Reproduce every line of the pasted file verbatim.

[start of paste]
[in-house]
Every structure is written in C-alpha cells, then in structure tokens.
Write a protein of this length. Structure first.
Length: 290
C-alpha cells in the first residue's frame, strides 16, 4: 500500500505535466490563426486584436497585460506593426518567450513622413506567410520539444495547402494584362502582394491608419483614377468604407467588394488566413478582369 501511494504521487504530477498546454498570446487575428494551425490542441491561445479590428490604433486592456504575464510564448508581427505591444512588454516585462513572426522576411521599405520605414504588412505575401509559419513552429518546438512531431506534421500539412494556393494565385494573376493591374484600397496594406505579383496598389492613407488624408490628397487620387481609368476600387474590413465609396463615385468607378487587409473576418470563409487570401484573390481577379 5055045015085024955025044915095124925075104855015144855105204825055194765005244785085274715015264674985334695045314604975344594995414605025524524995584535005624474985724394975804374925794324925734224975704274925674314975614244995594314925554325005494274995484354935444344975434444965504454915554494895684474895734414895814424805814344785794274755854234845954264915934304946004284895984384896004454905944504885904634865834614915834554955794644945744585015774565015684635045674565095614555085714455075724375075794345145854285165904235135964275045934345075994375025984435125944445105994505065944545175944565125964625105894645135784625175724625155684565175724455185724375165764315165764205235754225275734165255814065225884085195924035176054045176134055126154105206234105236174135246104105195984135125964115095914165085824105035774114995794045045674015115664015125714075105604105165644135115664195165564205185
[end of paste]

[in-house]
Every structure is written in C-alpha cells, then in structure tokens.
Write a protein of this length. Structure first.
Length: 290
C-alpha cells in the first residue's frame, strides 16, 4: 500500500505535466490563426486584436497585460506593426518567450513622413506567410520539444495547402494584362502582394491608419483614377468604407467588394488566413478582369 501511494504521487504530477498546454498570446487575428494551425490542441491561445479590428490604433486592456504575464510564448508581427505591444512588454516585462513572426522576411521599405520605414504588412505575401509559419513552429518546438512531431506534421500539412494556393494565385494573376493591374484600397496594406505579383496598389492613407488624408490628397487620387481609368476600387474590413465609396463615385468607378487587409473576418470563409487570401484573390481577379 5055045015085024955025044915095124925075104855015144855105204825055194765005244785085274715015264674985334695045314604975344594995414605025524524995584535005624474985724394975804374925794324925734224975704274925674314975614244995594314925554325005494274995484354935444344975434444965504454915554494895684474895734414895814424805814344785794274755854234845954264915934304946004284895984384896004454905944504885904634865834614915834554955794644945744585015774565015684635045674565095614555085714455075724375075794345145854285165904235135964275045934345075994375025984435125944445105994505065944545175944565125964625105894645135784625175724625155684565175724455185724375165764315165764205235754225275734165255814065225884085195924035176054045176134055126154105206234105236174135246104105195984135125964115095914165085824105035774114995794045045674015115664015125714075105604105165644135115664195165564205185